As you can see from the chart above, your interest rate could drop considerably - by up to 90% - if you make an early withdrawal, so be sure you won't need that money later down the track before you lock it away in a term deposit.
How will the interest from a term deposit be paid?
These days, term deposit interest is pretty much universally paid via direct credit into your account.
Remember that if your regular bank is a bit of a slouch on the term deposit front and you decide to look elsewhere for a place to lock away your stash, you need to check that the term deposit offer you opt for includes the option to have interest paid into your regular bank account. Some don’t, and instead require you to have a term deposit and bank account at the same institution - which can be a hassle if you don’t plan on switching banks entirely.
How often does a term deposit pay interest?
The most common options are at maturity for shorter terms, or annually for terms lasting a number of years. Some term deposits also come with the option to have interest paid monthly or even every six months, but these are less common.
But if you think monthly interest payments will score you extra dollars thanks to compound interest, then you’ll be disappointed. Interest rates can differ depending on which payment frequency you choose - term deposits that pay monthly generally have slightly lower rates - so there probably won’t be a big difference in how much interest you earn anyway.
What happens when a term deposit matures?
At the end of your term, your term deposit reaches maturity, and you can choose to either withdraw your money - interest included - or to re-invest in a new term deposit. Your bank will notify you when your term deposit is close to maturing, and you’ll need to let them know what course of action you want to take. If you don’t, your money will often rollover into another term, which, can come with a pretty miserable interest rate attached.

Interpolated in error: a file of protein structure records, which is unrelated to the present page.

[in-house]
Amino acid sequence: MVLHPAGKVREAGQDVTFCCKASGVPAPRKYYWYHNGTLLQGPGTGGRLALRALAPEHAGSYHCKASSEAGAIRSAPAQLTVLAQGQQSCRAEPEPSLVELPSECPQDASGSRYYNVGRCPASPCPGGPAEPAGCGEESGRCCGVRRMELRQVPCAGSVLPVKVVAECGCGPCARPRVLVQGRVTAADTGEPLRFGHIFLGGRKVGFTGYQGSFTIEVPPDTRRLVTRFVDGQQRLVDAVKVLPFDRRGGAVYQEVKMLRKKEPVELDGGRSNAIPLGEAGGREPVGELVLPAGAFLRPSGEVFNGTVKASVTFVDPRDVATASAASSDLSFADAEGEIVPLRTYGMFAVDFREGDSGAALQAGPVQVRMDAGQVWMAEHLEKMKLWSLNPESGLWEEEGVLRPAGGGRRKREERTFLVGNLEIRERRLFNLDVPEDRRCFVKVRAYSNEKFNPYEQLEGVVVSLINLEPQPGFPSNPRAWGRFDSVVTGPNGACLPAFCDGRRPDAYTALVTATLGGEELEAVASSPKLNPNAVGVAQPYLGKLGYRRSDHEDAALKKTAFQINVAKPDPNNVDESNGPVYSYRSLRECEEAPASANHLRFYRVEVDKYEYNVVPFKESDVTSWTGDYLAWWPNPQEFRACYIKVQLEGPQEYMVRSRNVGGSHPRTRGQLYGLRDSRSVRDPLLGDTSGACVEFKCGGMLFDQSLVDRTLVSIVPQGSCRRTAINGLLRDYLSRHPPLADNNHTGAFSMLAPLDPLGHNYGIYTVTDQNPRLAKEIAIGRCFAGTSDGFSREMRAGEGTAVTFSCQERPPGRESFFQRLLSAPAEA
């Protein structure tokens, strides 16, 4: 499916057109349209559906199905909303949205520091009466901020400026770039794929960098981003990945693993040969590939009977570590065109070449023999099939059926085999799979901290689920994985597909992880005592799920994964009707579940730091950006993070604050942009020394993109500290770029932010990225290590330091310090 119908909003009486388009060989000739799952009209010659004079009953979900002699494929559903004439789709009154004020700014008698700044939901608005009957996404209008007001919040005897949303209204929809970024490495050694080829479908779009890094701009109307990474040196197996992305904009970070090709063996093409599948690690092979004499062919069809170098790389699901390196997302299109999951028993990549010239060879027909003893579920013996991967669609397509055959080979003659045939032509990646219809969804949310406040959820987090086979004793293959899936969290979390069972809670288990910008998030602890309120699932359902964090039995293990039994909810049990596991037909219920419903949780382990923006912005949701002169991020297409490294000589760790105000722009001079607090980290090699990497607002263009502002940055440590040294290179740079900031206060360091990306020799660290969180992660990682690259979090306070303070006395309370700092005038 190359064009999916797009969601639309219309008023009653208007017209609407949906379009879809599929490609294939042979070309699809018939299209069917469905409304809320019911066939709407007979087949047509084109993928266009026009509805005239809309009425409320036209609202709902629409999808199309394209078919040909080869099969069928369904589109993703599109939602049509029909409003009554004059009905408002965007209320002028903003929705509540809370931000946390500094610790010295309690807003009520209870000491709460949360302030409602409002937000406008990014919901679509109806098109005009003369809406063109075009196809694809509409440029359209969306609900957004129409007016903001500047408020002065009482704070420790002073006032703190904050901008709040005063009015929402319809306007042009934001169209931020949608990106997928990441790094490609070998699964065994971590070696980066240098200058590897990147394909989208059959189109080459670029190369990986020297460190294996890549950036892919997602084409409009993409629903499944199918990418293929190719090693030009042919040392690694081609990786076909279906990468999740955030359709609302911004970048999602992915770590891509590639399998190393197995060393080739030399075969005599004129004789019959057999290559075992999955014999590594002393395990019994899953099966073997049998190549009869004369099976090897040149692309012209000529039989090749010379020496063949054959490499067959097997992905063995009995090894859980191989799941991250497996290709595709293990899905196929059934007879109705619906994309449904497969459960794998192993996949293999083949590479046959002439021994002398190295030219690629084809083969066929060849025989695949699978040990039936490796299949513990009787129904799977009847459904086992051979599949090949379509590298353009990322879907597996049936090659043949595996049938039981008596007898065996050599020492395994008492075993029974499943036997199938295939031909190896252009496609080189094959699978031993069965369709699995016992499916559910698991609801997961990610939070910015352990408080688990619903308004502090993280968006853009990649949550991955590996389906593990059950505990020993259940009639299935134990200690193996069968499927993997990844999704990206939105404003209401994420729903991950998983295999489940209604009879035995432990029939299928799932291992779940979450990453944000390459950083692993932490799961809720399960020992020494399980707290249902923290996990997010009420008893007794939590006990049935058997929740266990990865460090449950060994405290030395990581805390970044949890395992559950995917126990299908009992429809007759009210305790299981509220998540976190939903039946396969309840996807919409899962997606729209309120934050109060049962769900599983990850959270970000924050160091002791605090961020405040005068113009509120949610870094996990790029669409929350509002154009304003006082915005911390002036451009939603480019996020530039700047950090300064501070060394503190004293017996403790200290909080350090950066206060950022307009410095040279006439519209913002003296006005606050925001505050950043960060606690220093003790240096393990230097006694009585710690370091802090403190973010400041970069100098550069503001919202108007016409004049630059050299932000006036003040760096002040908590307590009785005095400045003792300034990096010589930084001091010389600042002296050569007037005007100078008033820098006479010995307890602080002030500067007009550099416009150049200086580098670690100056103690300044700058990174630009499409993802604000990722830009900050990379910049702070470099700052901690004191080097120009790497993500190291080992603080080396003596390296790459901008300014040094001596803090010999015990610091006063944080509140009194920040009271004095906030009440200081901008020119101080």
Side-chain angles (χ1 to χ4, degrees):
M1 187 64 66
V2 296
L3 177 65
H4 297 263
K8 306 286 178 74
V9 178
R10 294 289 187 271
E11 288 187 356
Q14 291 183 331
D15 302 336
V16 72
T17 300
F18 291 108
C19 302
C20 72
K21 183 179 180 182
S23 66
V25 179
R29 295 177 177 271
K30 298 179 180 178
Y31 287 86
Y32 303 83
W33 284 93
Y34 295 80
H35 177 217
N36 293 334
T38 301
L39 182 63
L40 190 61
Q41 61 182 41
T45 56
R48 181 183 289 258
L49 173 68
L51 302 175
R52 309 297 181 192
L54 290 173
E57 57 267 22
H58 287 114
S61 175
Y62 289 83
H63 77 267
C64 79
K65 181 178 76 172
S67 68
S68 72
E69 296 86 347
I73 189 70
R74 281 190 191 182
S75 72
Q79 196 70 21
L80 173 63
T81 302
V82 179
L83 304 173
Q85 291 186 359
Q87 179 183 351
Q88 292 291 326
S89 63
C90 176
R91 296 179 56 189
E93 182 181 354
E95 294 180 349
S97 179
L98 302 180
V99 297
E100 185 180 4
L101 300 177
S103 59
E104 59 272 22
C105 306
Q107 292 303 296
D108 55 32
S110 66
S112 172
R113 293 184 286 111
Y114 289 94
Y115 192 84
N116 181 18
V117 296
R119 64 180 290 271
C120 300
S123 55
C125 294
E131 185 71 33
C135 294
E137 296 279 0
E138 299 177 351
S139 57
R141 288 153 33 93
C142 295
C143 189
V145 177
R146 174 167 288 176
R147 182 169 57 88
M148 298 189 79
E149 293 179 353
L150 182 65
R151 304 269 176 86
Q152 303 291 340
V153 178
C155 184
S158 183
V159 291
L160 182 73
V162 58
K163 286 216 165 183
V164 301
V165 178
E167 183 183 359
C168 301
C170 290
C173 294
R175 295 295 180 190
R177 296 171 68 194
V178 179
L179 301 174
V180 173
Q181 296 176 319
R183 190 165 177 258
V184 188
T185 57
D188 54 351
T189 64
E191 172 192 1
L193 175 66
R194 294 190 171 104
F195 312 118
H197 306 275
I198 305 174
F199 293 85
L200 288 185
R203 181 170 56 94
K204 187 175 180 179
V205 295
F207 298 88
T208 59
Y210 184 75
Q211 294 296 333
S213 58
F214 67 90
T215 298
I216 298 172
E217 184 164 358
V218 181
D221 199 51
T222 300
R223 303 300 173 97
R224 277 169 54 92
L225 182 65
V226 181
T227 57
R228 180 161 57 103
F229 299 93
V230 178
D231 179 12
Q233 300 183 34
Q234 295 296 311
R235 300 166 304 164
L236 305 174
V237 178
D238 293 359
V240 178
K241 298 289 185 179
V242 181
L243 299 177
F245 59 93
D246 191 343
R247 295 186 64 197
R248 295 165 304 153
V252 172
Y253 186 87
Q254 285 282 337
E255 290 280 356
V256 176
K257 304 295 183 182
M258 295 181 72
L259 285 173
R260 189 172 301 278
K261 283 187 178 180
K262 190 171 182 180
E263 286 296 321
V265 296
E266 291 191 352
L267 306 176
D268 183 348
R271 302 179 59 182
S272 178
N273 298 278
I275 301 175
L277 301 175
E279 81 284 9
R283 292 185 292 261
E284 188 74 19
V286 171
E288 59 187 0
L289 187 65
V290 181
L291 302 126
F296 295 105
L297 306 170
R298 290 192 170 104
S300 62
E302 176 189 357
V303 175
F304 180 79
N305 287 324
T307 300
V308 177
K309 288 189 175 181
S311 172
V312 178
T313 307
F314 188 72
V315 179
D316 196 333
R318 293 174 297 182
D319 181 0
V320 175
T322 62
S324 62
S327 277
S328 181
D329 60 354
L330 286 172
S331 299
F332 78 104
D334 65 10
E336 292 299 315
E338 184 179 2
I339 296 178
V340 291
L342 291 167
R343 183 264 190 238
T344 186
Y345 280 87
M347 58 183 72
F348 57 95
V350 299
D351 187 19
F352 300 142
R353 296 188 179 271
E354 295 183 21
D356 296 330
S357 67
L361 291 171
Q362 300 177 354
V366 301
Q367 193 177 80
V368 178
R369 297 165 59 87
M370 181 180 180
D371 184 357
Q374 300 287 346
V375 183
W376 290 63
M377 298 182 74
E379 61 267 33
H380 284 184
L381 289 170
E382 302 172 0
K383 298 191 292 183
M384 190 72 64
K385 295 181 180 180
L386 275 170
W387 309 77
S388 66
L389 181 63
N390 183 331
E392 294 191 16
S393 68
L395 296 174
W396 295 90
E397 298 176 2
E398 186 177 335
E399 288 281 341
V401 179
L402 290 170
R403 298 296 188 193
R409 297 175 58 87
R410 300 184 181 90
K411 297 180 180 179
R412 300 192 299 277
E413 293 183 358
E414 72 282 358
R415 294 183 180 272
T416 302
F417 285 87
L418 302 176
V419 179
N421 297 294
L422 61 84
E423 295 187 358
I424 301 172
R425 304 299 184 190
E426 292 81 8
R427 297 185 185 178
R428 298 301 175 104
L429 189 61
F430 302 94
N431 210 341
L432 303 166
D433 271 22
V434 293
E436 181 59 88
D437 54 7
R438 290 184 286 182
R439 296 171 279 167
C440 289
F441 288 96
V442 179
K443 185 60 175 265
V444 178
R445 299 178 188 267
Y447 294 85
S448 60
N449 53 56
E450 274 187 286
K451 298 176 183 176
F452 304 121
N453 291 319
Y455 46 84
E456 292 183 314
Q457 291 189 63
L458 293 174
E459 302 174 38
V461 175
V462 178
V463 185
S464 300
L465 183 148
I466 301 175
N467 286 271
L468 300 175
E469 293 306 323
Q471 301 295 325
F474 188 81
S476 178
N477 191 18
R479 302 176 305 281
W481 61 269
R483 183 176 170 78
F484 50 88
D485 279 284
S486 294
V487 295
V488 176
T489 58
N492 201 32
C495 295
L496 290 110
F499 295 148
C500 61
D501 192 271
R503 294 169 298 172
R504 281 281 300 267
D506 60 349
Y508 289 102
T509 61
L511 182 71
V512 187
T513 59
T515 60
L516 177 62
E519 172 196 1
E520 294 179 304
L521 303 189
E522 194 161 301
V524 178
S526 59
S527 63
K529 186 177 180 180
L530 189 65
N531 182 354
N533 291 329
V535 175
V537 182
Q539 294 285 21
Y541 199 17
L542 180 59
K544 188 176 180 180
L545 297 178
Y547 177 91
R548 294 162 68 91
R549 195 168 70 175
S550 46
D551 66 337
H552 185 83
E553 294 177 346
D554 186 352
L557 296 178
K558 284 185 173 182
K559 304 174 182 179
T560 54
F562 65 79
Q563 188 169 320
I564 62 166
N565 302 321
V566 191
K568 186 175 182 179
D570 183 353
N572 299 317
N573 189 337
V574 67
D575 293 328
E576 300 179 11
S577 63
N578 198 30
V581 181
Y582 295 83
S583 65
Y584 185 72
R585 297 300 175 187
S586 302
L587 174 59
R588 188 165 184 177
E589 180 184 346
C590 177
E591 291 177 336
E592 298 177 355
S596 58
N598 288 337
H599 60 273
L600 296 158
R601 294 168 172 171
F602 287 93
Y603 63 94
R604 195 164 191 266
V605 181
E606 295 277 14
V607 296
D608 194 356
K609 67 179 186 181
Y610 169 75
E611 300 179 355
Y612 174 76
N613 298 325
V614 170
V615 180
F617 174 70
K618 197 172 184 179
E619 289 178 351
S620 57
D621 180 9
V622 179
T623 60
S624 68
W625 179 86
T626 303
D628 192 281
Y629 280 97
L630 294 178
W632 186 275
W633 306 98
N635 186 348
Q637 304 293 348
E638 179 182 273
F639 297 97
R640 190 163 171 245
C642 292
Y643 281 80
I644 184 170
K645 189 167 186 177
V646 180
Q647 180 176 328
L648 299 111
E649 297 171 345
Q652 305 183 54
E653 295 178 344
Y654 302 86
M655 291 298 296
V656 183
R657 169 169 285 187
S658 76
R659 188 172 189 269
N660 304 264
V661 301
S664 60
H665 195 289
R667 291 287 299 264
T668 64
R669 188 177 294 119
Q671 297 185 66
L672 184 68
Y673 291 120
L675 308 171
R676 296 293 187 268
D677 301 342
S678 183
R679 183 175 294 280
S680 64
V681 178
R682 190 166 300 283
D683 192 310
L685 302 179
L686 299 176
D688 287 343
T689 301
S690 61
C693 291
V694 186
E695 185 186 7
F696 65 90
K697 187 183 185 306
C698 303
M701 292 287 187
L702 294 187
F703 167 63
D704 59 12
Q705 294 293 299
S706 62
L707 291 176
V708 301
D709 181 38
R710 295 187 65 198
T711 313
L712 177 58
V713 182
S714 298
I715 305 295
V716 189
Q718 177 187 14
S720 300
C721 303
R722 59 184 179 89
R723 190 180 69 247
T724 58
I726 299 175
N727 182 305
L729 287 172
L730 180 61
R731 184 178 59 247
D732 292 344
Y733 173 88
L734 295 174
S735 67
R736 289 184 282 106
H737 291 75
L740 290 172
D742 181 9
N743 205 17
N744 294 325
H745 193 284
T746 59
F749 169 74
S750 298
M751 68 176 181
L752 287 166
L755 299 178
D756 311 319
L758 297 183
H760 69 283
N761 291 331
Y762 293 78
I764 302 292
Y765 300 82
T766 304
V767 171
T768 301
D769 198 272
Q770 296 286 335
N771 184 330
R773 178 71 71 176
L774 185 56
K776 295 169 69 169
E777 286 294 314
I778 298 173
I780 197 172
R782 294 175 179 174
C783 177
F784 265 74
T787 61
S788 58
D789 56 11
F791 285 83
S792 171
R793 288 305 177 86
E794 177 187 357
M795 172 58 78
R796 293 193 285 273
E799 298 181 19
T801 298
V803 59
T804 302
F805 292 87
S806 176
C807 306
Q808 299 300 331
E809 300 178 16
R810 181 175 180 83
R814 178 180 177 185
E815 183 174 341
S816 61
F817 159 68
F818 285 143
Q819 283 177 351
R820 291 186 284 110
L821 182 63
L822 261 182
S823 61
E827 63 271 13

If you choose to deposit your money for another term, make sure you check the offers available on the market, to be sure you’re still getting the best value.
How can I find the best term deposit interest rate?
Now you’ve got the background knowledge, the next step is finding the best term deposit interest rate available on the market. It’s well worth doing your research at this point and finding the best deal available, because isn’t earning the most interest possible what a term deposit is all about?
Here are a few tools to get you on your way to growing your saving pile with a competitive term deposit interest rate:
- Term deposits comparison - find some of the best term deposit deals on the market and compare interest rates to find the best one.
- Term deposits calculator - crunch the numbers on your savings and work out what different terms, deposit amounts or interest rates could mean for your earning potential.
- Term deposits search - want to narrow your options down? Our term deposit search tool is designed to show you the best offers that apply to your personal savings situation.